For now, there will be football.
The Big 12 athletic directors met late Tuesday following the board of directors meeting.
A revised Big 12 schedule is expected to be released soon, sources told ESPN. Teams will still play their “9-plus-1” schedules, with nine conference games and one nonconference game, but the start of the conference season will be delayed until Sept. 26.
The news comes on the heels of the league’s reportedly being split on the decision of whether to play. Baylor athletic director Mack Rhoades told SicEm365 Radio in Waco, Texas, earlier Tuesday that if the league voted, he expected it to be “really, really close.”
Who knew that the Big 12 would end up being the prettiest girl at the ball.
In the end, the conference elected to move forward with a 2020 season which is significant to the survival of the college football season. Dellenger and fellow Sports Illustrated national writer Pat Forde had reported earlier in the day that if the Big 12 had decided to close the doors on a 2020 season, the ACC would be inclined to follow.
The intrigue now shifts to the Big 12, which one Power-5 source termed “the linchpin” in deciding whether there will be fall football at the FBS level. Basically, the league will provide a majority to either the “play” or “postpone” factions within the top conferences. If the Big 12 opts out with the Pac-12 and Big Ten, the Atlantic Coast Conference is also highly likely to postpone. If the Big 12 opts in, the ACC and Southeastern Conference likely would push forward with trying to play in the fall.
If the ACC had opted out with the Big 12, it would have left the SEC as the remaining lone wolf pushing forward with a 2020 season, something Greg Sankey said Tuesday morning wasn’t the ”wisest direction.”
So, even the medical experts can’t agree. Cool. Cool, cool, cool.
Another Big 12 official told Horns247:
“Our protocols are working and I feel really good about our ability to test. I feel even better about our screening for myocarditis and pericarditis.
“Our students need the carrot of competition to give us leverage in convincing them to be safe in social settings.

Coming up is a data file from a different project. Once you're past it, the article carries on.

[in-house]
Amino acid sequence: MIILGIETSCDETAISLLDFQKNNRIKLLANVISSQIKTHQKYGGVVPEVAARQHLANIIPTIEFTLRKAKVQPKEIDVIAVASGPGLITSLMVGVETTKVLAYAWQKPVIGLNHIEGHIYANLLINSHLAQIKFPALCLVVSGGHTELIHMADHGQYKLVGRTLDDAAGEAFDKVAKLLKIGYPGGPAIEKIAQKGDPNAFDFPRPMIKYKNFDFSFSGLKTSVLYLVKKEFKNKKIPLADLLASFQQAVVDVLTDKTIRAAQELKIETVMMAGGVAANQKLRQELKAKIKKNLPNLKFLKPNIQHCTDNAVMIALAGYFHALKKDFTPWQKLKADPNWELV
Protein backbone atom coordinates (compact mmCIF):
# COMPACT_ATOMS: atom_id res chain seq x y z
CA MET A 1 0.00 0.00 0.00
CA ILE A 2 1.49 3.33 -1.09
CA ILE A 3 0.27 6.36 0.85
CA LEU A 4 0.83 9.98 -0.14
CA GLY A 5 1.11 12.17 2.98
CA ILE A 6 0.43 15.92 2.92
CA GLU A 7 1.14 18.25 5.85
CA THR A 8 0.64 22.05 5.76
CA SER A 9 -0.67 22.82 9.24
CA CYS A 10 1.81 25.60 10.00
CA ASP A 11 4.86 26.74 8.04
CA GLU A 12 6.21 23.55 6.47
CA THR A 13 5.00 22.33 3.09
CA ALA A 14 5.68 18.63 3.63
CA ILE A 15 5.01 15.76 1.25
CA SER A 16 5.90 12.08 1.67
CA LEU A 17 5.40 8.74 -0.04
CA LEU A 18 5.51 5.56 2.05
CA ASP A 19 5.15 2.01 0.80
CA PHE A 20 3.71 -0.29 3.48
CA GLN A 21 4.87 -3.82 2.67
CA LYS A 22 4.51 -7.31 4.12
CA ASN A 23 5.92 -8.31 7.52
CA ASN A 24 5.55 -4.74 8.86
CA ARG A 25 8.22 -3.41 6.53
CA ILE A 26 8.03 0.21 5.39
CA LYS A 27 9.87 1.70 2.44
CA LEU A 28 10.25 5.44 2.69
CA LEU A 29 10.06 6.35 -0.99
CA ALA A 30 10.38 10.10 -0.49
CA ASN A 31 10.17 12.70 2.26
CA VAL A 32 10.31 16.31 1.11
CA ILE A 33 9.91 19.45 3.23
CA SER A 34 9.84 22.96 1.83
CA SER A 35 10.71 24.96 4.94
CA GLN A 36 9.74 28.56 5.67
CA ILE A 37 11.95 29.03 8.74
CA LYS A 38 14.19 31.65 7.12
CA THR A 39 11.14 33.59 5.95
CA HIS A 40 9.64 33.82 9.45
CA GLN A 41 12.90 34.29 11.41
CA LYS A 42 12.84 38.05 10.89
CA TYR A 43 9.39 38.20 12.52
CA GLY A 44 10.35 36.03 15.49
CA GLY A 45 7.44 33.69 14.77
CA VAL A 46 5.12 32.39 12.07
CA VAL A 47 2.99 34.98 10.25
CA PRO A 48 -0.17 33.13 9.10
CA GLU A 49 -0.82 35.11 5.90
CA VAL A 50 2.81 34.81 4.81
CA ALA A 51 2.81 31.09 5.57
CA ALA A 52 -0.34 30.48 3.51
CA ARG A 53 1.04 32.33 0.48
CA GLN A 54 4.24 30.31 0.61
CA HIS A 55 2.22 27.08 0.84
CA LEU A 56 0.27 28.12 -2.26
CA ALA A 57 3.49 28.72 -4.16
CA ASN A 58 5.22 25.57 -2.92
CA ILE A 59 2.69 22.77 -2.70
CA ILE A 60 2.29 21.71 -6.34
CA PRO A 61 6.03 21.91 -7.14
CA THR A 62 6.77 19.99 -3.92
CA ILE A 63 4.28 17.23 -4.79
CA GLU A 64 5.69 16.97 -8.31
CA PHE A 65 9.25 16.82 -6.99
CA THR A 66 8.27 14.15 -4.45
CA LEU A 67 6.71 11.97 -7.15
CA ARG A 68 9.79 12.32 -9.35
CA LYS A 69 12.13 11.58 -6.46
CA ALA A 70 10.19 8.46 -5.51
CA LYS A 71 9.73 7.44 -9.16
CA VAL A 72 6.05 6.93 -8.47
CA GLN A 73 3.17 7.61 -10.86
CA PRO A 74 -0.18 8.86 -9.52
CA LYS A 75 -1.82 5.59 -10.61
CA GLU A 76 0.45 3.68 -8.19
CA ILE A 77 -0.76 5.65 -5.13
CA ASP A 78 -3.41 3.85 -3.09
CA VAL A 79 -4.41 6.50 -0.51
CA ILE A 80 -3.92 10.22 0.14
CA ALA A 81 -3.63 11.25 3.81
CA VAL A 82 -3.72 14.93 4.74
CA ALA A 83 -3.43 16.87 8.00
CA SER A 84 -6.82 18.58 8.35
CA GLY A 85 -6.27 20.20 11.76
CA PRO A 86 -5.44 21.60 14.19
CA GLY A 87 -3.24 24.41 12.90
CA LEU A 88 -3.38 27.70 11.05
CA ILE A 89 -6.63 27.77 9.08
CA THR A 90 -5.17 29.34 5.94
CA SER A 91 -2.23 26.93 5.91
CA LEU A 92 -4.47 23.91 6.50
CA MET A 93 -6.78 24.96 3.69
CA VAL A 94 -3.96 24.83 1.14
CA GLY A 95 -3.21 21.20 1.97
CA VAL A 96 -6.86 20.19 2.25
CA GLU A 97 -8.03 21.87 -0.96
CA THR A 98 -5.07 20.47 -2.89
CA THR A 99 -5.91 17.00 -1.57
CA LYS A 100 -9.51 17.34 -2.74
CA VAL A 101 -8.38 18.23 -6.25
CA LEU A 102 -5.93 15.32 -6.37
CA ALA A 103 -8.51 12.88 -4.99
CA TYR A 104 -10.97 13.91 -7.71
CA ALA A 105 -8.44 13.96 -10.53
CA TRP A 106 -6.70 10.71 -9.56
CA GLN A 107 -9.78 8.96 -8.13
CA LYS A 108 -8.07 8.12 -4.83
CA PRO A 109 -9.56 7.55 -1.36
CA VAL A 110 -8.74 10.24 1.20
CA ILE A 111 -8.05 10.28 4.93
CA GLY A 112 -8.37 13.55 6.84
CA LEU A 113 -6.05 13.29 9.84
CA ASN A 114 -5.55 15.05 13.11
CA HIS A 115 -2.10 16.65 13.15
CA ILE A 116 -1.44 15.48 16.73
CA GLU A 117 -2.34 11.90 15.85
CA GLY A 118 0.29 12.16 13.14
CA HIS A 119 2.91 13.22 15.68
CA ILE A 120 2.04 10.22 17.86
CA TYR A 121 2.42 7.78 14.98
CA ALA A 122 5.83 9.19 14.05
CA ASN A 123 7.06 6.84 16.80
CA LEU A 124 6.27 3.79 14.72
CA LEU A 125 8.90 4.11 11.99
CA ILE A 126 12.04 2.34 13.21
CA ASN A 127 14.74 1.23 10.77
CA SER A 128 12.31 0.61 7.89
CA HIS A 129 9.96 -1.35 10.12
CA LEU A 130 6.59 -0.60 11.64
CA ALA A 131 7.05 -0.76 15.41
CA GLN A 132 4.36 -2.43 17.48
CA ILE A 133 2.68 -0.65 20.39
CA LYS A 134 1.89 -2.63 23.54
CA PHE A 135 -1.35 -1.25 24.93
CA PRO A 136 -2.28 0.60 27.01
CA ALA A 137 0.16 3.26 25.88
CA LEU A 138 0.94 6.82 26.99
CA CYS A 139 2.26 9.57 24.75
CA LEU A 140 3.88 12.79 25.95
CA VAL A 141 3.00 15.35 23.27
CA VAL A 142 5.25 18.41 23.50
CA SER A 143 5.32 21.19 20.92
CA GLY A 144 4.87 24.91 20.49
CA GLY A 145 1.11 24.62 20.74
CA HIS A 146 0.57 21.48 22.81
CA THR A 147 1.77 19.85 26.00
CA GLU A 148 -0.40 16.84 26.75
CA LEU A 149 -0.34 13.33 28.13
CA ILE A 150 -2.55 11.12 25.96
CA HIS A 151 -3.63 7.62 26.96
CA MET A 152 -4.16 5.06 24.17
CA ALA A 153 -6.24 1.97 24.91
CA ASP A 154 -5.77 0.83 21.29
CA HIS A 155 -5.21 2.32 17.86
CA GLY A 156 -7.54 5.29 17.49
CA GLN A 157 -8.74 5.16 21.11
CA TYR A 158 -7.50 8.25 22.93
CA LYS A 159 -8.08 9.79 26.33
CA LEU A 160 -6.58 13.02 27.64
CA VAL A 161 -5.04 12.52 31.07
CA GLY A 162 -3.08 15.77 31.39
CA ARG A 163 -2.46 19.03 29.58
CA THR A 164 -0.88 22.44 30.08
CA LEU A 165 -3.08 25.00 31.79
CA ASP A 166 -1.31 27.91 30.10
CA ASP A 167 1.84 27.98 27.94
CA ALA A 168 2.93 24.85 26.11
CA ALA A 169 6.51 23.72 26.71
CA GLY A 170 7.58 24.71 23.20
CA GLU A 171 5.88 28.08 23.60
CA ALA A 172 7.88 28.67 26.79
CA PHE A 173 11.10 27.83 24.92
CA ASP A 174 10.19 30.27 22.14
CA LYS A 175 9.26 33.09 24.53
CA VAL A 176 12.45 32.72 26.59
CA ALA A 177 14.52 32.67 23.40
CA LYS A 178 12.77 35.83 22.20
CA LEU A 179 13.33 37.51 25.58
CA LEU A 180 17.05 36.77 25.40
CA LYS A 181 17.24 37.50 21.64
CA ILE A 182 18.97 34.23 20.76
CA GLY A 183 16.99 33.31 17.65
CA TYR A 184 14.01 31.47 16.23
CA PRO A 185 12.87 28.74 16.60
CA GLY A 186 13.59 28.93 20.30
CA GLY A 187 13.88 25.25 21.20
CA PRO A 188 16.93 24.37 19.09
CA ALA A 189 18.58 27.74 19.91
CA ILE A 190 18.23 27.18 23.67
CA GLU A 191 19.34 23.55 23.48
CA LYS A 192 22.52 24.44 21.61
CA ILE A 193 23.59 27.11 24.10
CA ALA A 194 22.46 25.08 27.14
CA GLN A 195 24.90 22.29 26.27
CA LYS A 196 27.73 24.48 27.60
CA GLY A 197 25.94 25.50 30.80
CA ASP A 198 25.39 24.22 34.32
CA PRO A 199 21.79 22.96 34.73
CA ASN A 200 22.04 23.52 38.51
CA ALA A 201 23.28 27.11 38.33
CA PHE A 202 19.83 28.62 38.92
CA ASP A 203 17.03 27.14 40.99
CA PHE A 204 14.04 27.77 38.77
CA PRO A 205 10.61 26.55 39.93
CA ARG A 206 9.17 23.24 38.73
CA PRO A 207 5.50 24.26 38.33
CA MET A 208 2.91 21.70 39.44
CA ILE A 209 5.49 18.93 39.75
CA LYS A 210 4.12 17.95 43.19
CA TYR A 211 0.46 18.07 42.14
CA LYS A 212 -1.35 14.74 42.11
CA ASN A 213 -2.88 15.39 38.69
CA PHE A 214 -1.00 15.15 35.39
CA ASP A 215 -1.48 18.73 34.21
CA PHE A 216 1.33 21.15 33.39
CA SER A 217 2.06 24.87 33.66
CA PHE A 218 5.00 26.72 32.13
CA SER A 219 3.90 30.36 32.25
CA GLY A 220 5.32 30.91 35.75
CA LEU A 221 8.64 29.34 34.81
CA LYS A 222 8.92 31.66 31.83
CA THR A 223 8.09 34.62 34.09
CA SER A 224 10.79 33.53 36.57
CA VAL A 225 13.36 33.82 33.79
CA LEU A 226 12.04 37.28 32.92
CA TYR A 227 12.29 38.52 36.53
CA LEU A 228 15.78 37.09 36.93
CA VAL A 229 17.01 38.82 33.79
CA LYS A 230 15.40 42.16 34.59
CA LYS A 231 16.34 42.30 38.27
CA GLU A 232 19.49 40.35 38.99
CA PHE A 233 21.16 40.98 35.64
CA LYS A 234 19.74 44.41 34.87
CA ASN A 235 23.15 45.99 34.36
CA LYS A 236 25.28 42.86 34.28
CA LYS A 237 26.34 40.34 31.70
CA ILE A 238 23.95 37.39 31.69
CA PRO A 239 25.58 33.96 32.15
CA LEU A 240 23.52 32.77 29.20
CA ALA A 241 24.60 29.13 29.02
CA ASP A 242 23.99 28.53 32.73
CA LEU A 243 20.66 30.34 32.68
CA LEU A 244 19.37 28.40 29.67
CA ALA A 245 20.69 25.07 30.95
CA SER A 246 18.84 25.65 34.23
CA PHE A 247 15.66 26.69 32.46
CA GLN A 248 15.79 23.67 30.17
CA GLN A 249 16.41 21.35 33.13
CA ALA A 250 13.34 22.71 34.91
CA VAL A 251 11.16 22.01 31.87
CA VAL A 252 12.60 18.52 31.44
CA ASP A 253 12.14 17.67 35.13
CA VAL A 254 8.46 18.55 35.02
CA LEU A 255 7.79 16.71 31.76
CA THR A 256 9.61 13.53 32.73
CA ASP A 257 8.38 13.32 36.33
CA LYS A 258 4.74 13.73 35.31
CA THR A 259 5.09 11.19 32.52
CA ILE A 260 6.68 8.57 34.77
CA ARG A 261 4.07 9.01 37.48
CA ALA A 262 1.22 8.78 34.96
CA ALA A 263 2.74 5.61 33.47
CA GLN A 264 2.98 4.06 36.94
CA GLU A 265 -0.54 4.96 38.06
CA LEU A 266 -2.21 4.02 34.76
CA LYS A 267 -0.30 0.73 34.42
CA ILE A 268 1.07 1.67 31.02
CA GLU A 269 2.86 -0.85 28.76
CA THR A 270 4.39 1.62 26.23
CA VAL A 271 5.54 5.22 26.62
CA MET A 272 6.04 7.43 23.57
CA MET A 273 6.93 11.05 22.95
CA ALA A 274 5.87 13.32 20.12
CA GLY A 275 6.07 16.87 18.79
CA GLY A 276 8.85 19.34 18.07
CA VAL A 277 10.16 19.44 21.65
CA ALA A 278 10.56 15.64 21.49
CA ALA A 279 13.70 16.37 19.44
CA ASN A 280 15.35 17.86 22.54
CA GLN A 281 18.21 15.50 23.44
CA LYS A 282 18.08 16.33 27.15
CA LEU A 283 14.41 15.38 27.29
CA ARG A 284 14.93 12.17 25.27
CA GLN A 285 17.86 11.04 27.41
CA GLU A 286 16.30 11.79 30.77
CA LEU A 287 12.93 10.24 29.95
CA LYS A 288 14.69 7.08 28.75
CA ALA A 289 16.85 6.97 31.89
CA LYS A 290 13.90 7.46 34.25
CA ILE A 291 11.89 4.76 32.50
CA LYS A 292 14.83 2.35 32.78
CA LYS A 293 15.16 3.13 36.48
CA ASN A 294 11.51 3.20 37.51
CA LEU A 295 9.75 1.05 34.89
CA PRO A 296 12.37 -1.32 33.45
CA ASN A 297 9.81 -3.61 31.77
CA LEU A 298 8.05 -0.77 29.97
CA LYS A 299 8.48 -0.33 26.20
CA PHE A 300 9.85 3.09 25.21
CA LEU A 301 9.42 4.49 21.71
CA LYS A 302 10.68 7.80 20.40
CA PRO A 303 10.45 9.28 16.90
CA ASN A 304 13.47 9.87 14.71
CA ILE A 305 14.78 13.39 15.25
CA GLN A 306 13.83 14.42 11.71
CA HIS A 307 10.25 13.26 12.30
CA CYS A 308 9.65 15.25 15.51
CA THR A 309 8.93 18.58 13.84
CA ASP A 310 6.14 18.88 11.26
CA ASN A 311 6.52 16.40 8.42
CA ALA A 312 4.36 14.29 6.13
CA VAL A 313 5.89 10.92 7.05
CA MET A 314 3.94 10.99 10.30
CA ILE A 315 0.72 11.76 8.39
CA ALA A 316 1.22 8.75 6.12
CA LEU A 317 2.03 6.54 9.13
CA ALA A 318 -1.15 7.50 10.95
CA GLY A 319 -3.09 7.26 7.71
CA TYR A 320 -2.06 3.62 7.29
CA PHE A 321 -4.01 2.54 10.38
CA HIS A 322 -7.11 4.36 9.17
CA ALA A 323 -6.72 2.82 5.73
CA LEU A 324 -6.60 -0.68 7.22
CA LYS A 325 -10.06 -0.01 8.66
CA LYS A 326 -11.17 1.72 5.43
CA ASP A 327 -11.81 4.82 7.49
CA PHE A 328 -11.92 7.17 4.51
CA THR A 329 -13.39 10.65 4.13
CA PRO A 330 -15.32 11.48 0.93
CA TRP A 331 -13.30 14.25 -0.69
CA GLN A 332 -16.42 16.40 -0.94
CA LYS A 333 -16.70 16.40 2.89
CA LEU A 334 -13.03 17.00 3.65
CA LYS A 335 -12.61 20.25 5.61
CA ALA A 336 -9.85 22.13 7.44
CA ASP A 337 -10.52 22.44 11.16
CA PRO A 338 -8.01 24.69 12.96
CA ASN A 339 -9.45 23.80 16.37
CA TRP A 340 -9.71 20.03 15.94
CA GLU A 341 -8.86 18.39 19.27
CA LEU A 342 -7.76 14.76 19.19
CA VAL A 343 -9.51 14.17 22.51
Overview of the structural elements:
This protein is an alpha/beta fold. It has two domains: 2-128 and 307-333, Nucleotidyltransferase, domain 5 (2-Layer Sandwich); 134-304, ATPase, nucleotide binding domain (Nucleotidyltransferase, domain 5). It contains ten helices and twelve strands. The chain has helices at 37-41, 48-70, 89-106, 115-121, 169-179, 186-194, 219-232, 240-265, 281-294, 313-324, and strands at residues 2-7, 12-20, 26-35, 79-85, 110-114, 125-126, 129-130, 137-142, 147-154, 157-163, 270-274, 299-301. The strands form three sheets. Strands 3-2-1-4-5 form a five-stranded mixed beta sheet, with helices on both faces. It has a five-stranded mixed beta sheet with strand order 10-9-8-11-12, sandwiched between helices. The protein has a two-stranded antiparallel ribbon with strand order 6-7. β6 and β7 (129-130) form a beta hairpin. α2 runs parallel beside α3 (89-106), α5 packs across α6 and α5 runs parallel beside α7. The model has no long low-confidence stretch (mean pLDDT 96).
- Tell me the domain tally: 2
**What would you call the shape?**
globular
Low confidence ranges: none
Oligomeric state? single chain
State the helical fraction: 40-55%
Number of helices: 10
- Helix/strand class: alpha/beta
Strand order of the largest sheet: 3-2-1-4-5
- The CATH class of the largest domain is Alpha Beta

“Our kids aren’t getting the virus at practice or under our care. That happens when they’re away from us.“
Getting medical reassurance (or lack thereof) can depend on who you talk to in the medical community.
The Big Ten’s board of directors were negatively affected by medical news regarding how COVID-19 might be attacking the heart - in addition to the lungs - of those who contract the virus.
One of the Pac-12’s medical advisers, Dr. Dave Petron, a University of Utah doctor, advised the Pac-12 to stop team activities for the fall.
The Atlantic Coast Conference’s top medical advisor, Dr. Cameron Wolfe, an infectious disease specialist at Duke, has laid out his belief that risk can be mitigated so that two teams can compete safely over an 11-game season.
The Big 12 is being advised by Infection Control Education for Major Sports (ICS), an independent organization run by Duke infectious disease doctors Deverick Anderson and Christopher Hostler as well as the schools’ own campus medical staff.
Welcome to the Frog Fam!
Jeanne Dahmen from Pointe-Claire, Quebec has verbally committed to Texas Christian University for 2021-22. She will join Olivia Rhodes in the class of 2025.
Dahmen specializes in fly, free, and IM. She won the 100m butterfly (1:01.82) at the 2019 Canadian Junior Championships at the Repsol Center in Calgary last July. She also picked up a pair of bronze medals as a member of the Pointe-Claire Swim Club’s 4x100m medley and 4x200m free relays and she finished 7th in the 200 fly (2:21.88). A week later she competed at 2019 Canadian Swimming Championships in the 50/100/200 fly. She came in 5th in the 50 (27.64) and was 10th in the 100 (1:02.18). She swam the same three events in January at 2020 PSS Knoxville.
Dahmen’s best times in the 100/200 fly come from the 2018 Canadian Junior Championships, where she finished 5th in the 100 and 10th in the 200.